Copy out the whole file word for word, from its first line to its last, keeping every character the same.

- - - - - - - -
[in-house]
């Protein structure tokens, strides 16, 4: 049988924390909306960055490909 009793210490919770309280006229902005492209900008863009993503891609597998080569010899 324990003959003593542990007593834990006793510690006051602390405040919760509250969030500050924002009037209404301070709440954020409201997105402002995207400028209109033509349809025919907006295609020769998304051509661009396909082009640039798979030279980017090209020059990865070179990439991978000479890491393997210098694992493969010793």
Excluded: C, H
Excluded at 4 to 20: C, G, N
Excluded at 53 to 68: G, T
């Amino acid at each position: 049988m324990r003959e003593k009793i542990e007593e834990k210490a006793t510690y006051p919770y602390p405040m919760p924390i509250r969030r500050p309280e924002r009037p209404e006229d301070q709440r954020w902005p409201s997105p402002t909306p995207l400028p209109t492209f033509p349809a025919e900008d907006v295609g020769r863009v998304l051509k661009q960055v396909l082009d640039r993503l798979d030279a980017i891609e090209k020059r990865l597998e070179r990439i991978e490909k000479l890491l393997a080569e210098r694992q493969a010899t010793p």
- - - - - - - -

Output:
[in-house]
């Protein structure tokens, strides 16, 4: 049988924390909306960055490909 009793210490919770309280006229902005492209900008863009993503891609597998080569010899 324990003959003593542990007593834990006793510690006051602390405040919760509250969030500050924002009037209404301070709440954020409201997105402002995207400028209109033509349809025919907006295609020769998304051509661009396909082009640039798979030279980017090209020059990865070179990439991978000479890491393997210098694992493969010793």
Excluded: C, H
Excluded at 4 to 20: C, G, N
Excluded at 53 to 68: G, T
């Amino acid at each position: 049988m324990r003959e003593k009793i542990e007593e834990k210490a006793t510690y006051p919770y602390p405040m919760p924390i509250r969030r500050p309280e924002r009037p209404e006229d301070q709440r954020w902005p409201s997105p402002t909306p995207l400028p209109t492209f033509p349809a025919e900008d907006v295609g020769r863009v998304l051509k661009q960055v396909l082009d640039r993503l798979d030279a980017i891609e090209k020059r990865l597998e070179r990439i991978e490909k000479l890491l393997a080569e210098r694992q493969a010899t010793p």